cool feature of dmesg.boot file
koitsu at freebsd.org
Fri Feb 22 09:25:07 UTC 2008
On Fri, Feb 22, 2008 at 09:28:35AM +0100, Oliver Fromme wrote:
> Bartosz Giza wrote:
> > I have found quite interesting feature on one of router that lately i have
> > taken to administer.
> > What i knew was that file /var/run/dmesg.boot holds data from kernel buffer
> > that is taken right after file system(s) are mounted.
> > Lately i have found that one router writes to this file data from kernel
> > buffer when system is going to reeboot. Below are few lines from this file.
> > What you can see are lines from kernel right before reeboot. I have never seen
> > before such lines in this file. And this is quite interesting. Could anyone
> > tell me how can i achieve such funcionality on other systems ? I have tried
> > to find on google about this but i couldn't find anything similar to this.
> Upon a reboot, the kernel is usually loaded to the same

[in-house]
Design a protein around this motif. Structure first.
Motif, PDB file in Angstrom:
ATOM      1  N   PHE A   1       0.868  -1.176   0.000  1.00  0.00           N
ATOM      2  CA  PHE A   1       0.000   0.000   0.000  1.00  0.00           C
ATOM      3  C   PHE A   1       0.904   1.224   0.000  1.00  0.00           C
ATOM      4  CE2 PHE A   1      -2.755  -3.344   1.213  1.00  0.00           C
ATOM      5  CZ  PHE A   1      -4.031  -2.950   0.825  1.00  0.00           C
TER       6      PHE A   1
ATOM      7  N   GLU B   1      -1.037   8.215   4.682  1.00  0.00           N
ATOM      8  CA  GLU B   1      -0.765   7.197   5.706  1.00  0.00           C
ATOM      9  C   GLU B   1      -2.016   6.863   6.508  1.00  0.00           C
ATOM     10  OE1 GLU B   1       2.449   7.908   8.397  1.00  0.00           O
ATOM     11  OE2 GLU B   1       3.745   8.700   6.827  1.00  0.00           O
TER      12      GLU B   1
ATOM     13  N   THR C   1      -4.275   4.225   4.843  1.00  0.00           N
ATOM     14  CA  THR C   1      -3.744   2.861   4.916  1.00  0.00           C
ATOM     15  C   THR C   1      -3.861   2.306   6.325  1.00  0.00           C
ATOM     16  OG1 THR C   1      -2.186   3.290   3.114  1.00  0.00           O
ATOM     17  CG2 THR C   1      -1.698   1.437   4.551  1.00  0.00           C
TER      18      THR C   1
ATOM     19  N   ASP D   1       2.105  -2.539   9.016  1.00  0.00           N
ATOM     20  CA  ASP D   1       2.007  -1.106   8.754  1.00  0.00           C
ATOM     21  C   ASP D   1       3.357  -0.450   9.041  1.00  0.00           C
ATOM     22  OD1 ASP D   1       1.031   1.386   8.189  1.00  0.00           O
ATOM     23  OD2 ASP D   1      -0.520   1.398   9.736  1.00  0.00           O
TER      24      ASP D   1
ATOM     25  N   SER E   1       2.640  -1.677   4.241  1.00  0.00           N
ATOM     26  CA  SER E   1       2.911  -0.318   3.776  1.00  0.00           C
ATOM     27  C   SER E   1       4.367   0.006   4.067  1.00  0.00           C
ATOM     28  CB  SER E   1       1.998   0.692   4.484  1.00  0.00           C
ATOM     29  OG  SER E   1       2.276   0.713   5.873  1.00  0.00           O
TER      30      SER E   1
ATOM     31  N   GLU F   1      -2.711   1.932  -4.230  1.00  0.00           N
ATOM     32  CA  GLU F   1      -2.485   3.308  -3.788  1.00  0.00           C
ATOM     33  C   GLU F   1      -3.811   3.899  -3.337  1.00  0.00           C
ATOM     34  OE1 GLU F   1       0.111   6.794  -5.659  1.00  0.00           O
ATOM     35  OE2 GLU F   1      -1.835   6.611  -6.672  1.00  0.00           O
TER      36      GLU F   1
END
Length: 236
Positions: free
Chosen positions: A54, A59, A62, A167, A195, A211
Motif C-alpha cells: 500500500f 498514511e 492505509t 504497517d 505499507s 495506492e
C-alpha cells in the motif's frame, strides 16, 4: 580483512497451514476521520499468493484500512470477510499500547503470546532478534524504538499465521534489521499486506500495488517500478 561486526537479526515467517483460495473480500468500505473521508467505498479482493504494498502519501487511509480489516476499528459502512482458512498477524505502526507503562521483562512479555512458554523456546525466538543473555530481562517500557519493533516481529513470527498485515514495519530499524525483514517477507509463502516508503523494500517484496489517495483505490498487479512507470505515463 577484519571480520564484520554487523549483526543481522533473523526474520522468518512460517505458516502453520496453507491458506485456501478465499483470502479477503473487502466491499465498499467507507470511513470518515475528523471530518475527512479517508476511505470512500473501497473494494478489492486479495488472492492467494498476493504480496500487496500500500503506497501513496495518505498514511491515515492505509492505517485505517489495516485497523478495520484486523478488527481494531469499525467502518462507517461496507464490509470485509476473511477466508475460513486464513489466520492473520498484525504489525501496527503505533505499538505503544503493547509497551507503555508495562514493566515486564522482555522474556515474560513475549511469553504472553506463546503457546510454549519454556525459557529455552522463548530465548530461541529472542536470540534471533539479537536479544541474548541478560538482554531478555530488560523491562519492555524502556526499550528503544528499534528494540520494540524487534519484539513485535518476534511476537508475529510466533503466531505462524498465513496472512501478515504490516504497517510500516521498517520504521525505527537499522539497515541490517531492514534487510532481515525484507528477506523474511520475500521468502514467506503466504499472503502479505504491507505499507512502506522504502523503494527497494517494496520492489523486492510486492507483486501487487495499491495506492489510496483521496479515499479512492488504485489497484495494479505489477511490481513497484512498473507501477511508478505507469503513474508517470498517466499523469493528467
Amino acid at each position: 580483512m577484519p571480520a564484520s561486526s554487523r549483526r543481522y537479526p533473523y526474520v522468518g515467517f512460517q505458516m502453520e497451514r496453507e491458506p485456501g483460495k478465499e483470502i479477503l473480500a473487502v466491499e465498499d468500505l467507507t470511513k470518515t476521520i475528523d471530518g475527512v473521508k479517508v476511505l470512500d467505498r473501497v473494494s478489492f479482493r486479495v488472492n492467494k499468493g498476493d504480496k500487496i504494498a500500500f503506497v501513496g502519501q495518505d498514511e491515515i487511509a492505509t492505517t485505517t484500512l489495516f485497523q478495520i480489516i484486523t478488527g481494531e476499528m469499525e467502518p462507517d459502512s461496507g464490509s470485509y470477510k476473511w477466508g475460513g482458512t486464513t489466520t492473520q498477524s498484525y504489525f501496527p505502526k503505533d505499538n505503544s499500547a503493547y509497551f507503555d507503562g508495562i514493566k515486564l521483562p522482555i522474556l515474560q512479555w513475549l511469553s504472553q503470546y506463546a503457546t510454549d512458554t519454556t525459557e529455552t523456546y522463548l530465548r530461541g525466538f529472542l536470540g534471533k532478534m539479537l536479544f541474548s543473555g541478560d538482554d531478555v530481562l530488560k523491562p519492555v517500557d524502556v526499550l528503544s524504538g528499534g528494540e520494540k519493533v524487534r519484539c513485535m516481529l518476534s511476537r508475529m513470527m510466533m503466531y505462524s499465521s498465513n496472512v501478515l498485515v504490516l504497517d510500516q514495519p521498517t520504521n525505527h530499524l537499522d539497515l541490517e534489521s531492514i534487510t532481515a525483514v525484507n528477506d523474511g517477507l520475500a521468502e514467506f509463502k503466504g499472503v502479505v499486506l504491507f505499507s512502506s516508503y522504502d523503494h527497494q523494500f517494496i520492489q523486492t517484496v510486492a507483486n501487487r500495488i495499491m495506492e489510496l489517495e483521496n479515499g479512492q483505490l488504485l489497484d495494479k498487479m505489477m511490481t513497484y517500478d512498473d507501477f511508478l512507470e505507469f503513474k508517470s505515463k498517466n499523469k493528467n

> physical addresses in RAM where it was before, so the
> dmesg buffer will be at the same location, too (unless
> you built a new kernel, of course). So all the contents
> from before reboot are still there -- *IF* the system
> BIOS didn't clear the RAM. Then the old contents will
> end up in /var/run/dmesg.boot, too.
> You could try looking at your BIOS setup. Some have an
> option called "Quick POST" or similar. If you enable
> it, the BIOS will skip the RAM test (which is rather
> useless anyway) which clears the RAM. It might help,
> but it depends very much on your mainboard and BIOS.
There is also kern.msgbuf_clear. However, this is a sysctl, which
means if set to 1 in /etc/sysctl.conf, you'd lose your dmesg output
after the OS had started. Bummer.
It would be useful if there was a loader.conf variable which was the
equivalent of msgbuf_clear. In fact, I'm wondering why the message
buffer isn't cleared on shutdown/immediately prior to reboot...
Interesting tidbit: We have one production machine which when booted
into single-user via serial console for a world install, retains all of
the output from that single-user session even once rebooted and brought
back into multi-user mode. This poses a substantial security risk,
especially during the mergemaster phase (we can discuss why if anyone is
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| UNIX Systems Administrator Mountain View, CA, USA |
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